Originally published at Digital Journal

Republished by Sen. Bob Menendez

Wayback Machine link

The Obama administration is set to remove Malaysia from its list of the world’s worst human trafficking offenders despite the existence of pervasive forced labor and sex slavery in the Southeast Asian nation.

Reuters reports the US will upgrade Malaysia from the lowest tier on its list of the world’s worst countries for human trafficking, a move meant to facilitate Malaysia’s inclusion in the highly controversial Trans-Pacific Partnership (TPP) trade deal.

Just last year, the State Department downgraded Malaysia from ‘Tier 2’ to ‘Tier 3’ in its annual “Trafficking in Persons” report, calling it a “destination, source and transit country for men, women, and children subjected to forced labor and women and children subjected to sex trafficking.” Malaysia has an estimated 2 million undocumented migrant workers and according to the State Department, “a significant number of young foreign women” are “coerced into the sex trade,” with many “forced into prostitution” against their will, often by “large organized crime syndicates.”

The other ‘Tier 3’ nations are North Korea, Syria and Zimbabwe.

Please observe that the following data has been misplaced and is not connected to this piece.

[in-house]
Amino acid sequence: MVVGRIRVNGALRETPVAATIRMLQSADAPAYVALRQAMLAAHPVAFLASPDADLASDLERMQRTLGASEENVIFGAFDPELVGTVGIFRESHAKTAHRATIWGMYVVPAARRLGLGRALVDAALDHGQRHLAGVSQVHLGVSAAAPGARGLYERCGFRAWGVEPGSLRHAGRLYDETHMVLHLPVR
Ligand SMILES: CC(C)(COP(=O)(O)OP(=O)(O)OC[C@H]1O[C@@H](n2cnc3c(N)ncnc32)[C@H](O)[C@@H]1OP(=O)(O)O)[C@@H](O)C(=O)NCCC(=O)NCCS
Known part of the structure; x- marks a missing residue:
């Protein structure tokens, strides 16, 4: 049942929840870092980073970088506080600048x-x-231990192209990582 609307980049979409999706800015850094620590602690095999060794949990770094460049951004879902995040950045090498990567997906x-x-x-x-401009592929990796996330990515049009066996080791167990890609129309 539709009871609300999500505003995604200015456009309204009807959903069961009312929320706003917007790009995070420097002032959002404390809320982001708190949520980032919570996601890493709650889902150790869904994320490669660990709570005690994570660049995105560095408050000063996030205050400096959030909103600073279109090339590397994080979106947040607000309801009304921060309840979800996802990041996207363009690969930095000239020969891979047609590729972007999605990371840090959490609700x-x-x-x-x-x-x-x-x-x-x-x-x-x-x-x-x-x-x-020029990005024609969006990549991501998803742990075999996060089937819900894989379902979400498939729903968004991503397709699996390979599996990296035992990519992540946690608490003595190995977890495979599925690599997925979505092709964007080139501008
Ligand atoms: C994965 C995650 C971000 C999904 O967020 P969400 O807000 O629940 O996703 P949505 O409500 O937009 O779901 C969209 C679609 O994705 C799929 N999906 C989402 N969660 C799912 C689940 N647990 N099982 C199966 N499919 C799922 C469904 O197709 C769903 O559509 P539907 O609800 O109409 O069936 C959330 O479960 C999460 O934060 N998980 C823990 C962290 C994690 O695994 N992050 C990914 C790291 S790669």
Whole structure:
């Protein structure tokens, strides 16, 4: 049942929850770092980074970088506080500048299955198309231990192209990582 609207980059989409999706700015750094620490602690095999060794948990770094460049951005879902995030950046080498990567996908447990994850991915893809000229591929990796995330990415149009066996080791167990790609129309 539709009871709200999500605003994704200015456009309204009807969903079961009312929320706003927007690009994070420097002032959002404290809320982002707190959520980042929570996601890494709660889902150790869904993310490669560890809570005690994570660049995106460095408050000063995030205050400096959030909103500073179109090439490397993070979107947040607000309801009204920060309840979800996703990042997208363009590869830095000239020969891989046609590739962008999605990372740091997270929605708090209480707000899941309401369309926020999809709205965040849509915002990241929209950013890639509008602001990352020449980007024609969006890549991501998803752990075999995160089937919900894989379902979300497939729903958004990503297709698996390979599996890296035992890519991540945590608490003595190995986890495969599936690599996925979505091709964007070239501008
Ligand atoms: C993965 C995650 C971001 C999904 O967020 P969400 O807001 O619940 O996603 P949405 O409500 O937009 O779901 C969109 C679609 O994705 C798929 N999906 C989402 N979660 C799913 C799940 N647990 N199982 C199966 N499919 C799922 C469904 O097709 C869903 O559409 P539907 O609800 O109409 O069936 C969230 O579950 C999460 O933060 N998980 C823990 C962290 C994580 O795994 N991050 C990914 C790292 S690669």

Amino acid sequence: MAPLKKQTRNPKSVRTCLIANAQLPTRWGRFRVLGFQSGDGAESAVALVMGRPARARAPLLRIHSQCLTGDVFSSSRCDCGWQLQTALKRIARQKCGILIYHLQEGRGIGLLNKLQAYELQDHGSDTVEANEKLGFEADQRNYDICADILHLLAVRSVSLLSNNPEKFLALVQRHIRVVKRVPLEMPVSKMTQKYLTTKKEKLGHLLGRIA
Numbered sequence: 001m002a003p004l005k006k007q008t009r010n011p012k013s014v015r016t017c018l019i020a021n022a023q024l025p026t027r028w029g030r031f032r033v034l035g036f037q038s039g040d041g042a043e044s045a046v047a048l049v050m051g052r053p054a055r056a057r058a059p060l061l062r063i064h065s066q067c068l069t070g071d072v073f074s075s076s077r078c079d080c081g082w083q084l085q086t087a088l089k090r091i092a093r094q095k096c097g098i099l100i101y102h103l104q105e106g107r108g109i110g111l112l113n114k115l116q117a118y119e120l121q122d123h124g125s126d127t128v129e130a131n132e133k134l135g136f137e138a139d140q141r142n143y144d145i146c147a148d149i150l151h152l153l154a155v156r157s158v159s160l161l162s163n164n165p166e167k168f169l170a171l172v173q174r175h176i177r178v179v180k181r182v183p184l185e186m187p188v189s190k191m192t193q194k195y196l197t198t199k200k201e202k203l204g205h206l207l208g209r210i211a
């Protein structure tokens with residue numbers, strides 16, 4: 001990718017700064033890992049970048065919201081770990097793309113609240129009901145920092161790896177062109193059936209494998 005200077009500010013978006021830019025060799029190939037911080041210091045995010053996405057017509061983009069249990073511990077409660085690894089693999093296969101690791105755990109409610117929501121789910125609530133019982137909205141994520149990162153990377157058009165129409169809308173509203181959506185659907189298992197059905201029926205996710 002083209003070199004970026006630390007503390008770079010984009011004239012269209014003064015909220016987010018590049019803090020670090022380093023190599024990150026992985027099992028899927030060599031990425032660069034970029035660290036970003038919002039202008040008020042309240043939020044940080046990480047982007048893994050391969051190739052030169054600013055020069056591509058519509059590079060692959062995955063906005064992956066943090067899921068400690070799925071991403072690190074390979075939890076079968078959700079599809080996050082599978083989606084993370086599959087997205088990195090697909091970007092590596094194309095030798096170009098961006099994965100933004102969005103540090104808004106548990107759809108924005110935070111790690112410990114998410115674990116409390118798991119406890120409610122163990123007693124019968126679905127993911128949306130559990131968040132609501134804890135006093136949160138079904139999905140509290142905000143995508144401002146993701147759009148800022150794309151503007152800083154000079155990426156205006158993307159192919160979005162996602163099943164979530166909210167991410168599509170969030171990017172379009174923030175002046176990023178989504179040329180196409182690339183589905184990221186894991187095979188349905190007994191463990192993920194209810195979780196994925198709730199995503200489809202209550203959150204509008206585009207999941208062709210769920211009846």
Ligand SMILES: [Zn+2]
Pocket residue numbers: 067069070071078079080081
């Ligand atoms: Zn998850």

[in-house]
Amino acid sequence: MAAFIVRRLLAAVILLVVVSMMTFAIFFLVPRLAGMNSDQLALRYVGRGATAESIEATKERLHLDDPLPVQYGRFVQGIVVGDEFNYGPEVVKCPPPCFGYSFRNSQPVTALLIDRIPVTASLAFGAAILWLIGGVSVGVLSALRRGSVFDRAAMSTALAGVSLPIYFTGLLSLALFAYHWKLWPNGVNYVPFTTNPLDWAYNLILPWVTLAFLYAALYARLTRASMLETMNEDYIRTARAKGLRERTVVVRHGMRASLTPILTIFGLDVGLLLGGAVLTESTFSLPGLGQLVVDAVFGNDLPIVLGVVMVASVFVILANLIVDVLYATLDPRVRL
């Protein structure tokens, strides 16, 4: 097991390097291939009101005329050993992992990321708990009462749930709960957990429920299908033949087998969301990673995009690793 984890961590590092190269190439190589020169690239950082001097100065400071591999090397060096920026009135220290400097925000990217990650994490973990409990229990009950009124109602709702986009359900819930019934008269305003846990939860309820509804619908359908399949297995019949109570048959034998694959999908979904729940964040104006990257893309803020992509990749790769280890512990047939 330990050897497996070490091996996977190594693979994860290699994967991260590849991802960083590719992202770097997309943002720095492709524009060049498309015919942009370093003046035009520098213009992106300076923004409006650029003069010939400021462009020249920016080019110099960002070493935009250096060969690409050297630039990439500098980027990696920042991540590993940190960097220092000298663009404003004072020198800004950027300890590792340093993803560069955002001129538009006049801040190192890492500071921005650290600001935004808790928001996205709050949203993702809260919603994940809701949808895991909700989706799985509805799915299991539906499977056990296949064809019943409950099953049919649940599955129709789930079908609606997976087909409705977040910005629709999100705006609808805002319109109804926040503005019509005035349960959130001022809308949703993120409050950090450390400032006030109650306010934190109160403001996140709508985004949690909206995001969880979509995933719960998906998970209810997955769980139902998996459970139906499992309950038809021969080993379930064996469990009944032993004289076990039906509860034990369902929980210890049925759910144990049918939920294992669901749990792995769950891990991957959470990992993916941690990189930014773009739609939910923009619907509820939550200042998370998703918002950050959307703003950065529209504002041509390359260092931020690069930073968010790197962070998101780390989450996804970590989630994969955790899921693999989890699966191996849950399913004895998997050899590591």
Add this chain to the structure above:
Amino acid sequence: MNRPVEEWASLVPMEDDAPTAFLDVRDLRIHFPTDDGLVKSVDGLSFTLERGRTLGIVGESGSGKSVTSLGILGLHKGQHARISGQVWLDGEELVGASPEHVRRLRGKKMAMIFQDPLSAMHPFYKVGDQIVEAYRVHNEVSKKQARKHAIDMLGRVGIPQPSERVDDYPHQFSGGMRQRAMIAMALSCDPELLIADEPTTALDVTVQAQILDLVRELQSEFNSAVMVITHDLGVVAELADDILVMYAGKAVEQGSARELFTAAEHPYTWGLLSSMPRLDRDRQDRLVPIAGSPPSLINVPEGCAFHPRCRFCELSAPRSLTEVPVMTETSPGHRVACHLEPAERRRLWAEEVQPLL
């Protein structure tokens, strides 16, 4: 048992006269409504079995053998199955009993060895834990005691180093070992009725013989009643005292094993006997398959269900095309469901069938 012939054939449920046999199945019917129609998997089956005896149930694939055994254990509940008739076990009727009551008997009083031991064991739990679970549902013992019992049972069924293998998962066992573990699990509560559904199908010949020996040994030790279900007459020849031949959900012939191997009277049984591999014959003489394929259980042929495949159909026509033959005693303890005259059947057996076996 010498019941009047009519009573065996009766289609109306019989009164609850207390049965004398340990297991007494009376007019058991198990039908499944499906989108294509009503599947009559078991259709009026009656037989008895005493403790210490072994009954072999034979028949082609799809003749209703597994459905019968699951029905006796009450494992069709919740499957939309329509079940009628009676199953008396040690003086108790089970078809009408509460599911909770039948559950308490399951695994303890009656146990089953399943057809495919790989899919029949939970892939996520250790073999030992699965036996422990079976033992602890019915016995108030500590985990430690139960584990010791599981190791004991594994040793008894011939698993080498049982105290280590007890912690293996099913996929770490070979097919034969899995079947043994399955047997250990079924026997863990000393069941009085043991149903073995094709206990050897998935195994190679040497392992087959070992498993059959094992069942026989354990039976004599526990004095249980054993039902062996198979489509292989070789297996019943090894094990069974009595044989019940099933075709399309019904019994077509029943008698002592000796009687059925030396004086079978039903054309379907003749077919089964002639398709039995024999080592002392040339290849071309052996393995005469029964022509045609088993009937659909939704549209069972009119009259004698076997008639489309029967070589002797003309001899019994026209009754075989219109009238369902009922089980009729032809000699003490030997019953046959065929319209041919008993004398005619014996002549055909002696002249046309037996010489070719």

Explaining its decision to downgrade Malaysia to ‘Tier 3’ in 2014, the State Department report states that the Malaysian government is “deemed not to be making significant efforts to comply with the minimum standards” to combat slavery and trafficking.

The current upgrade baffles many international human rights observers, especially in light of the recent discovery of dozens of mass graves in people-smuggling camps in northern Malaysia near the Thai border. The graves contained the remains of mostly Bangladeshi and Burmese Rohingya migrants who were fleeing ethnic cleansing and economic despair in their homelands. Many of the victims were beaten, tortured and raped before being murdered.

While Malaysia has taken some steps to improve conditions for human trafficking victims, critics counter the measures are not nearly enough to stem the rampant slavery, exploitation and impunity occurring there. Still, the Obama administration, which has proved its willingness to accept human rights violations including the use of child soldiers when such crimes serve perceived US national interests, values passage of the TPP so much that it is apparently ready to overlook slavery in order to secure Malaysia’s inclusion.

“If true, this manipulation of Malaysia’s ranking in the State Department’s 2015 Trafficking in Persons report would be a perversion of the trafficking list and undermine both the integrity of this important report as well as the very difficult task of confronting states about human trafficking,” Sen. Robert Menendez (D-NJ), who has authored legislation effectively banning the US from entering into trade deals with ‘Tier 3’ violators, said in a statement. “The deplorable human trafficking crisis in Malaysia merits a global cry for action and justice, not an attempt to sweep it under the rug for political expediency.”